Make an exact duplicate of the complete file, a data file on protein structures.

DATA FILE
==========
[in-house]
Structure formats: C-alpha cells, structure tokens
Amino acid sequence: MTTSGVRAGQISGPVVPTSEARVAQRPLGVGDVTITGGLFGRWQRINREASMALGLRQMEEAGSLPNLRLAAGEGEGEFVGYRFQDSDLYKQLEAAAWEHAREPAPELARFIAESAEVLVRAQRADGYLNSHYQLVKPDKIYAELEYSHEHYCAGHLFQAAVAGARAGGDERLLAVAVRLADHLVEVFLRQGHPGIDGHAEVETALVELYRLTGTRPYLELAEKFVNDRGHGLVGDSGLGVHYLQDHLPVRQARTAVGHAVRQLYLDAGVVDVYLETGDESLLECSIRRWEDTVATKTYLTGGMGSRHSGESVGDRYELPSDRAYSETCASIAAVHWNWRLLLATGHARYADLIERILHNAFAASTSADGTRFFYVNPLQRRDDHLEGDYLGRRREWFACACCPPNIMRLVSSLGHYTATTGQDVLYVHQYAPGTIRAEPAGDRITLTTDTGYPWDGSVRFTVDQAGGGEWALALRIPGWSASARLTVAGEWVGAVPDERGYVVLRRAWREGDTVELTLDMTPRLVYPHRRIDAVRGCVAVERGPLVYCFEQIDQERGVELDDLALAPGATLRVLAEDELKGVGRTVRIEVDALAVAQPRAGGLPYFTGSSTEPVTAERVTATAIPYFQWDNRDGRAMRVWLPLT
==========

[in-house]
Structure formats: C-alpha cells, structure tokens
Amino acid sequence: MTTSGVRAGQISGPVVPTSEARVAQRPLGVGDVTITGGLFGRWQRINREASMALGLRQMEEAGSLPNLRLAAGEGEGEFVGYRFQDSDLYKQLEAAAWEHAREPAPELARFIAESAEVLVRAQRADGYLNSHYQLVKPDKIYAELEYSHEHYCAGHLFQAAVAGARAGGDERLLAVAVRLADHLVEVFLRQGHPGIDGHAEVETALVELYRLTGTRPYLELAEKFVNDRGHGLVGDSGLGVHYLQDHLPVRQARTAVGHAVRQLYLDAGVVDVYLETGDESLLECSIRRWEDTVATKTYLTGGMGSRHSGESVGDRYELPSDRAYSETCASIAAVHWNWRLLLATGHARYADLIERILHNAFAASTSADGTRFFYVNPLQRRDDHLEGDYLGRRREWFACACCPPNIMRLVSSLGHYTATTGQDVLYVHQYAPGTIRAEPAGDRITLTTDTGYPWDGSVRFTVDQAGGGEWALALRIPGWSASARLTVAGEWVGAVPDERGYVVLRRAWREGDTVELTLDMTPRLVYPHRRIDAVRGCVAVERGPLVYCFEQIDQERGVELDDLALAPGATLRVLAEDELKGVGRTVRIEVDALAVAQPRAGGLPYFTGSSTEPVTAERVTATAIPYFQWDNRDGRAMRVWLPLT